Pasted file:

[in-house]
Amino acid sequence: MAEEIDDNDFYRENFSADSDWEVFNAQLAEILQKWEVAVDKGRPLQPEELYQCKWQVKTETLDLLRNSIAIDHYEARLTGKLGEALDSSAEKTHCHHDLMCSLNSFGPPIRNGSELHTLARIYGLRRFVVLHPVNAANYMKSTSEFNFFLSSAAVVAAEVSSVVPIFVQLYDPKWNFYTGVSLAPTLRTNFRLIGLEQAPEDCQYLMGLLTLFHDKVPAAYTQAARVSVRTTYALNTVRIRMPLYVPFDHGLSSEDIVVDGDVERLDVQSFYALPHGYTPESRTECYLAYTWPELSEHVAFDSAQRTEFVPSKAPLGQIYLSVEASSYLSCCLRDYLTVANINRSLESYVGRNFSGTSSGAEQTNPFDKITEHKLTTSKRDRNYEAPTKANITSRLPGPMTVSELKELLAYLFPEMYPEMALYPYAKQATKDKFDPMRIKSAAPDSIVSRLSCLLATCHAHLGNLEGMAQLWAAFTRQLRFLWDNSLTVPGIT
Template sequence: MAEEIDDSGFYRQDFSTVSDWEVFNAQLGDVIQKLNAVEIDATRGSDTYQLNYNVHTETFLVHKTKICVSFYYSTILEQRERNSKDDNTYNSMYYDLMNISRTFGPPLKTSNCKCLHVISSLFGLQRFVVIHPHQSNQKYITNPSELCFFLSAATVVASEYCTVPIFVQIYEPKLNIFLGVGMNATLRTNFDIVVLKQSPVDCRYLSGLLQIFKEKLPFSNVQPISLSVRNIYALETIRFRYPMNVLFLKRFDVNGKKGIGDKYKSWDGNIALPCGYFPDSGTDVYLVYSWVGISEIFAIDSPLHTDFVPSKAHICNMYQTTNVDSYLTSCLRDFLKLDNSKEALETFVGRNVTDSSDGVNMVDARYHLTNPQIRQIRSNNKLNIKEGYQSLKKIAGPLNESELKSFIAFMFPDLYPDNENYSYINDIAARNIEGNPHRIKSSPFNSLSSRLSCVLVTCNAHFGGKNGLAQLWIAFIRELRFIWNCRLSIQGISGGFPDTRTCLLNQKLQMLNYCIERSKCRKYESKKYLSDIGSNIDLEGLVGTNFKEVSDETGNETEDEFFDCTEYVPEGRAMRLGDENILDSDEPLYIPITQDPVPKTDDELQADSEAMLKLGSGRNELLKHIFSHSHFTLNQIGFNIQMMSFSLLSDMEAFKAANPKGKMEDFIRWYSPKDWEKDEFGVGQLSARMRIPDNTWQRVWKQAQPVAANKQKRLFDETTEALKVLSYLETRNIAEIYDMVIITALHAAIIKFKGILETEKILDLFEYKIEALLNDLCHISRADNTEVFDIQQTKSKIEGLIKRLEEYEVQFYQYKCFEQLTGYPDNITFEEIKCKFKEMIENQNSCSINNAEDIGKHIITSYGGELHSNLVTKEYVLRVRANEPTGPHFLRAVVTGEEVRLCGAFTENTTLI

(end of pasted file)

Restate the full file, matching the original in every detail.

[in-house]
Amino acid sequence: MAEEIDDNDFYRENFSADSDWEVFNAQLAEILQKWEVAVDKGRPLQPEELYQCKWQVKTETLDLLRNSIAIDHYEARLTGKLGEALDSSAEKTHCHHDLMCSLNSFGPPIRNGSELHTLARIYGLRRFVVLHPVNAANYMKSTSEFNFFLSSAAVVAAEVSSVVPIFVQLYDPKWNFYTGVSLAPTLRTNFRLIGLEQAPEDCQYLMGLLTLFHDKVPAAYTQAARVSVRTTYALNTVRIRMPLYVPFDHGLSSEDIVVDGDVERLDVQSFYALPHGYTPESRTECYLAYTWPELSEHVAFDSAQRTEFVPSKAPLGQIYLSVEASSYLSCCLRDYLTVANINRSLESYVGRNFSGTSSGAEQTNPFDKITEHKLTTSKRDRNYEAPTKANITSRLPGPMTVSELKELLAYLFPEMYPEMALYPYAKQATKDKFDPMRIKSAAPDSIVSRLSCLLATCHAHLGNLEGMAQLWAAFTRQLRFLWDNSLTVPGIT
Template sequence: MAEEIDDSGFYRQDFSTVSDWEVFNAQLGDVIQKLNAVEIDATRGSDTYQLNYNVHTETFLVHKTKICVSFYYSTILEQRERNSKDDNTYNSMYYDLMNISRTFGPPLKTSNCKCLHVISSLFGLQRFVVIHPHQSNQKYITNPSELCFFLSAATVVASEYCTVPIFVQIYEPKLNIFLGVGMNATLRTNFDIVVLKQSPVDCRYLSGLLQIFKEKLPFSNVQPISLSVRNIYALETIRFRYPMNVLFLKRFDVNGKKGIGDKYKSWDGNIALPCGYFPDSGTDVYLVYSWVGISEIFAIDSPLHTDFVPSKAHICNMYQTTNVDSYLTSCLRDFLKLDNSKEALETFVGRNVTDSSDGVNMVDARYHLTNPQIRQIRSNNKLNIKEGYQSLKKIAGPLNESELKSFIAFMFPDLYPDNENYSYINDIAARNIEGNPHRIKSSPFNSLSSRLSCVLVTCNAHFGGKNGLAQLWIAFIRELRFIWNCRLSIQGISGGFPDTRTCLLNQKLQMLNYCIERSKCRKYESKKYLSDIGSNIDLEGLVGTNFKEVSDETGNETEDEFFDCTEYVPEGRAMRLGDENILDSDEPLYIPITQDPVPKTDDELQADSEAMLKLGSGRNELLKHIFSHSHFTLNQIGFNIQMMSFSLLSDMEAFKAANPKGKMEDFIRWYSPKDWEKDEFGVGQLSARMRIPDNTWQRVWKQAQPVAANKQKRLFDETTEALKVLSYLETRNIAEIYDMVIITALHAAIIKFKGILETEKILDLFEYKIEALLNDLCHISRADNTEVFDIQQTKSKIEGLIKRLEEYEVQFYQYKCFEQLTGYPDNITFEEIKCKFKEMIENQNSCSINNAEDIGKHIITSYGGELHSNLVTKEYVLRVRANEPTGPHFLRAVVTGEEVRLCGAFTENTTLI